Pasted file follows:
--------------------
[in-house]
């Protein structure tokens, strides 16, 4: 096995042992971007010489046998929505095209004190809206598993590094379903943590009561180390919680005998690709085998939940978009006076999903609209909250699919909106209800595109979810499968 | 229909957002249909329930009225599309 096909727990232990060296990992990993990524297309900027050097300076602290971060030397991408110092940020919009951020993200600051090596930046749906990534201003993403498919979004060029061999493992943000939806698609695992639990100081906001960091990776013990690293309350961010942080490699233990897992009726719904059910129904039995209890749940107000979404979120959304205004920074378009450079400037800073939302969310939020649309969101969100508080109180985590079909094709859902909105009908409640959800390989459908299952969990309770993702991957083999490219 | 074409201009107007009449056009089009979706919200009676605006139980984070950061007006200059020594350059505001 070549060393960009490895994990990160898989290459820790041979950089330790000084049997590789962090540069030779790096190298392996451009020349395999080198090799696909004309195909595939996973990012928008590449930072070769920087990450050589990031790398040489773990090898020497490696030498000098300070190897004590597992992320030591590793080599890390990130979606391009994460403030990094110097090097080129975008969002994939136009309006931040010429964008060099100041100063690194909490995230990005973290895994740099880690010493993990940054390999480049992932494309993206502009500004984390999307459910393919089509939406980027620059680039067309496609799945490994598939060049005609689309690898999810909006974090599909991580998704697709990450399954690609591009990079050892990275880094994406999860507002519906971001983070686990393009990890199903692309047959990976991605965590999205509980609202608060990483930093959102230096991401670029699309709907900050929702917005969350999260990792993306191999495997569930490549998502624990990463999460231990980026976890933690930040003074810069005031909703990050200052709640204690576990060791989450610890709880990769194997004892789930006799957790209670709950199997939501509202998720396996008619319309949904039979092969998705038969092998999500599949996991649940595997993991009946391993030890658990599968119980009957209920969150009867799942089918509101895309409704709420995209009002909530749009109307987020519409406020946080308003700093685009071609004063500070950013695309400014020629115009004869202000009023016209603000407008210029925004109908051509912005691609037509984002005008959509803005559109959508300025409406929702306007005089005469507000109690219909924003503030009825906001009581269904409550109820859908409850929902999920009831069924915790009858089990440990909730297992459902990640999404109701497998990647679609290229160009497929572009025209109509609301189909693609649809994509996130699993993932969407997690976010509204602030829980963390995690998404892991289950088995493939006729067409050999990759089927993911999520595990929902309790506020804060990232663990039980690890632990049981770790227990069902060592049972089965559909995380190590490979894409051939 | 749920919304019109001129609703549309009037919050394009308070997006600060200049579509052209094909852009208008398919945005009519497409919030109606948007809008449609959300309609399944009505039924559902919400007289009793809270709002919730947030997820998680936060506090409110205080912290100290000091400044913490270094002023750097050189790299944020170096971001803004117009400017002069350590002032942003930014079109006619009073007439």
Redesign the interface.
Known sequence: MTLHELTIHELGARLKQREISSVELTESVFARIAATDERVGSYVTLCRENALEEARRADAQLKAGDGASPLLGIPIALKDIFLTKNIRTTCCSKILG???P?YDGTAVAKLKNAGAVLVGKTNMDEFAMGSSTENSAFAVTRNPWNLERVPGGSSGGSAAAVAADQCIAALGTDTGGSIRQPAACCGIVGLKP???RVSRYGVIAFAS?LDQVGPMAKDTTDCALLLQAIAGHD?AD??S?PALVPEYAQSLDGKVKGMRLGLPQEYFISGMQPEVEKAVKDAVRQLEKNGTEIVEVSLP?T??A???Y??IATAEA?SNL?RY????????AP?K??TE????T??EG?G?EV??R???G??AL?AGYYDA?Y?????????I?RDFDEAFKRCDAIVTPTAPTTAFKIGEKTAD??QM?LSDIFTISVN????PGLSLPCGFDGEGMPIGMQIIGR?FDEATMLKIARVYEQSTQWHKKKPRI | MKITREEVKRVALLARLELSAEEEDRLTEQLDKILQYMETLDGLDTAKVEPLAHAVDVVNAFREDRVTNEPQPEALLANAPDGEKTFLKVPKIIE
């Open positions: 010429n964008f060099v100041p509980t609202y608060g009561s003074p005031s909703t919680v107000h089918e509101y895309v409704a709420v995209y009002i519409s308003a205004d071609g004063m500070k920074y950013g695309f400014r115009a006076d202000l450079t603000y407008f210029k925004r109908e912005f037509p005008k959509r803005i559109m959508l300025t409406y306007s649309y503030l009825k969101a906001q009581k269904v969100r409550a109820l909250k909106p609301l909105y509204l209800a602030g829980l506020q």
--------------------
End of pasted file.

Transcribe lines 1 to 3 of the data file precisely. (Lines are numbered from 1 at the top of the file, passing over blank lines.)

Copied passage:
[in-house]
């Protein structure tokens, strides 16, 4: 096995042992971007010489046998929505095209004190809206598993590094379903943590009561180390919680005998690709085998939940978009006076999903609209909250699919909106209800595109979810499968 | 229909957002249909329930009225599309 096909727990232990060296990992990993990524297309900027050097300076602290971060030397991408110092940020919009951020993200600051090596930046749906990534201003993403498919979004060029061999493992943000939806698609695992639990100081906001960091990776013990690293309350961010942080490699233990897992009726719904059910129904039995209890749940107000979404979120959304205004920074378009450079400037800073939302969310939020649309969101969100508080109180985590079909094709859902909105009908409640959800390989459908299952969990309770993702991957083999490219 | 074409201009107007009449056009089009979706919200009676605006139980984070950061007006200059020594350059505001 070549060393960009490895994990990160898989290459820790041979950089330790000084049997590789962090540069030779790096190298392996451009020349395999080198090799696909004309195909595939996973990012928008590449930072070769920087990450050589990031790398040489773990090898020497490696030498000098300070190897004590597992992320030591590793080599890390990130979606391009994460403030990094110097090097080129975008969002994939136009309006931040010429964008060099100041100063690194909490995230990005973290895994740099880690010493993990940054390999480049992932494309993206502009500004984390999307459910393919089509939406980027620059680039067309496609799945490994598939060049005609689309690898999810909006974090599909991580998704697709990450399954690609591009990079050892990275880094994406999860507002519906971001983070686990393009990890199903692309047959990976991605965590999205509980609202608060990483930093959102230096991401670029699309709907900050929702917005969350999260990792993306191999495997569930490549998502624990990463999460231990980026976890933690930040003074810069005031909703990050200052709640204690576990060791989450610890709880990769194997004892789930006799957790209670709950199997939501509202998720396996008619319309949904039979092969998705038969092998999500599949996991649940595997993991009946391993030890658990599968119980009957209920969150009867799942089918509101895309409704709420995209009002909530749009109307987020519409406020946080308003700093685009071609004063500070950013695309400014020629115009004869202000009023016209603000407008210029925004109908051509912005691609037509984002005008959509803005559109959508300025409406929702306007005089005469507000109690219909924003503030009825906001009581269904409550109820859908409850929902999920009831069924915790009858089990440990909730297992459902990640999404109701497998990647679609290229160009497929572009025209109509609301189909693609649809994509996130699993993932969407997690976010509204602030829980963390995690998404892991289950088995493939006729067409050999990759089927993911999520595990929902309790506020804060990232663990039980690890632990049981770790227990069902060592049972089965559909995380190590490979894409051939 | 749920919304019109001129609703549309009037919050394009308070997006600060200049579509052209094909852009208008398919945005009519497409919030109606948007809008449609959300309609399944009505039924559902919400007289009793809270709002919730947030997820998680936060506090409110205080912290100290000091400044913490270094002023750097050189790299944020170096971001803004117009400017002069350590002032942003930014079109006619009073007439």
Redesign the interface.